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Fossil Stock Surges on Profit Beat, Raised Forecast

Fossil (FOSL) is having one of the best days in its history after the watchmaker topped earnings estimates and offered positive commentary on the future, sending the stock up nearly 19%.

With a surge of $20.29 to $127.71, the shares were among the top percentage gainers in the U.S. on Tuesday. At its session peak, Fossil reached a 52-week high of $129.25. Volume was heavy, reaching more than four times a normal day's level only two hours into New York trading. While short-covering may have been influencing the upward move — total shares short have edged up in the past month, and shares equaling 7.4% of Fossil's float are sold short — the stronger-than-expected financials were also sparking buyers.

Fossil, based in Richardson, TX, earned $67.7 million, or $1.15 a share, in the second quarter, up from $57.3 million and 92 cents a share in the same period of the prior year. FactSet produced an adjusted figure of $1.10 to factor out a benefit of 8 cents a share from costs that are being pushed into the third quarter and a tax-related deduction of 3 cents. Even doing so, Fossil easily exceeded the consensus estimate of 93 cents a share.

In a press release, the company cited strength in its namesake Fossil brand and new Skagen line "and double-digit sales increases in our multi-brand watch portfolio and in jewelry." Fossil also credited the quarterly results to revenue increases in Europe and Asia.

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Reuters

Because of the stronger dollar, sales were trimmed by $2.3 million when overseas revenue was converted to the U.S. currency, but Fossil's top line still rose 11% to $706.2 million, around $13 million more than had been expected. Watches accounted for 77% of Fossil's sales in the quarter, with leather goods and jewelry the bulk of the rest. Along with its own 493 shops, Fossil's wares are sold through department stores and other retailers.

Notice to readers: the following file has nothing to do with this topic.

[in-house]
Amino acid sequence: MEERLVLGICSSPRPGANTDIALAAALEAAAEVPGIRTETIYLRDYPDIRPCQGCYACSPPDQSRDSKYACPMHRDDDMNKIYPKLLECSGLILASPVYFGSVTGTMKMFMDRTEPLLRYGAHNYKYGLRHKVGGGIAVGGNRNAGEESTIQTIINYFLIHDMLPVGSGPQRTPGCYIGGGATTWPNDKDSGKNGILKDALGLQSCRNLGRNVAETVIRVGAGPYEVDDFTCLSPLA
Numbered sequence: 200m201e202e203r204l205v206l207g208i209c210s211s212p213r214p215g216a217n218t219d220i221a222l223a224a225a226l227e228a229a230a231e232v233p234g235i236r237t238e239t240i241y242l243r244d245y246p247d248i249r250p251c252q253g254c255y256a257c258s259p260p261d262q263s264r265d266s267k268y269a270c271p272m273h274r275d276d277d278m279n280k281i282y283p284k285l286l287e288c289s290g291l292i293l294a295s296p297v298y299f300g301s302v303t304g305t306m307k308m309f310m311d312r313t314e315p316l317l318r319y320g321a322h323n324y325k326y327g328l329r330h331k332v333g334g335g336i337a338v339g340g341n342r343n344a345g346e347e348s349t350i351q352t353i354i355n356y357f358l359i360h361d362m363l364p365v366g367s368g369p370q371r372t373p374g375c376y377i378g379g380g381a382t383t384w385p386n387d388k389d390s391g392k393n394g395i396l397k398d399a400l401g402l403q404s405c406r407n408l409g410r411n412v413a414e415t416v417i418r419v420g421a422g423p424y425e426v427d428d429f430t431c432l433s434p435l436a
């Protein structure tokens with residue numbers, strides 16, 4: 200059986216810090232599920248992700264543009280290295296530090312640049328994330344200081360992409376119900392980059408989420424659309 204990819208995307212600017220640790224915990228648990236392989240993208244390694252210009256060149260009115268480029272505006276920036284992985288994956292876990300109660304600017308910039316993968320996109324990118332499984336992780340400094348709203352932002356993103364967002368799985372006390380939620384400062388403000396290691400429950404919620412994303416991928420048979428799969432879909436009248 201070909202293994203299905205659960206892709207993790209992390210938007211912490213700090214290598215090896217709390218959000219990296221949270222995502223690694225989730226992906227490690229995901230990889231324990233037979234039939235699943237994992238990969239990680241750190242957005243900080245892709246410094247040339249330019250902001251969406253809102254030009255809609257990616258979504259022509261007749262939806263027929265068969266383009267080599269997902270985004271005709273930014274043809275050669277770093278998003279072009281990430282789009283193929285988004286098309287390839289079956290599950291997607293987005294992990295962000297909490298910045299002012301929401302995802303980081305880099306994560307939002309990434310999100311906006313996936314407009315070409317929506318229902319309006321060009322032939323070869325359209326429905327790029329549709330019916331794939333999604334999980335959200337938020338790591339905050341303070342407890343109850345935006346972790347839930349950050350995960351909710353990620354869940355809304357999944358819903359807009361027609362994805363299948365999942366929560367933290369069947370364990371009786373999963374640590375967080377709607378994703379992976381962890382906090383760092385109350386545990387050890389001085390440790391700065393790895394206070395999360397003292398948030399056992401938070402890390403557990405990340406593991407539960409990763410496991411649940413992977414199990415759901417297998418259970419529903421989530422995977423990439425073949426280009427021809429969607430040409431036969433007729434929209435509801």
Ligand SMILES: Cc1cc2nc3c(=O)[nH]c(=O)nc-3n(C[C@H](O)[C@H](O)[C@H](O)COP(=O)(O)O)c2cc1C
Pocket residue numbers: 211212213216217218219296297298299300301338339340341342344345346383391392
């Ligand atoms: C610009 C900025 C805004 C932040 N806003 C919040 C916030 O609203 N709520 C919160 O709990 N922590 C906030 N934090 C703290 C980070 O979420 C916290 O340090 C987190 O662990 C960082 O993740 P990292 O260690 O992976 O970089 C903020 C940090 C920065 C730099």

For the third quarter, Fossil is looking for earnings of $1.30 to $1.37, including the 8 cents of costs that will be moved from the second quarter. Pulling out that expense, adjusted earnings would be $1.38 to $1.45. As for the fiscal year, Fossil now is expecting a profit of $6.15 to $6.35, the second forecast increase in recent months. Coming into this year, Fossil was projecting $5.85 to $6.15, then raised the range from $6.00 to $6.26 after its first-quarter report.

Regardless of that, generally speaking Wall Street is lukewarm on Fossil. The shares have only five buy or overweight ratings, while getting nine hold or sell ratings. On Monday, Barclays offered a negative take on the stock and the watch industry more broadly. That sent Fossil's stock down 4%.

While praising the company for its operational strengths, the concern, as it has been for some time, is that the watch sector is succumbing to the new, modern world, namely the fact that just about everyone carries a mobile phone that posts the time, making a watch for some people an unnecessary gadget. (Then again, maybe the watch isn't dead quite yet.)

[See related: Smartwatches: Wave of the Future or Over-Hyped Failure-in-Waiting?]

The multiple at which Fossil trades is essentially in line with its watch group peers. Fossil's 16.2 price-to-earnings ratio for the next 12 months is below that of Guess? (GES) and Switzerland's Swatch Group, but ahead of Japan's Citizen Holdings and Seiko Holdings. Fossil, however, has now gone through the average analyst price target of $115.38.

Investors have gone on an up-and-down journey with Fossil in the past year and a few months. The stock's highest close came in April 2012 at $138.30. But only a month after that record, Fossil slumped 37% in a single session following an earnings disappointment. It dropped below $70 before stabilizing and beginning its recovery to the current point.

Factoring in the post-earnings jump, Fossil is up 36.7% in 2013, nearly doubling the S&P 500's gain. In the past year, the stock has added 82.3%, almost quadruple the market in that time and reflecting the bounce-back from the spring 2012 selloff.

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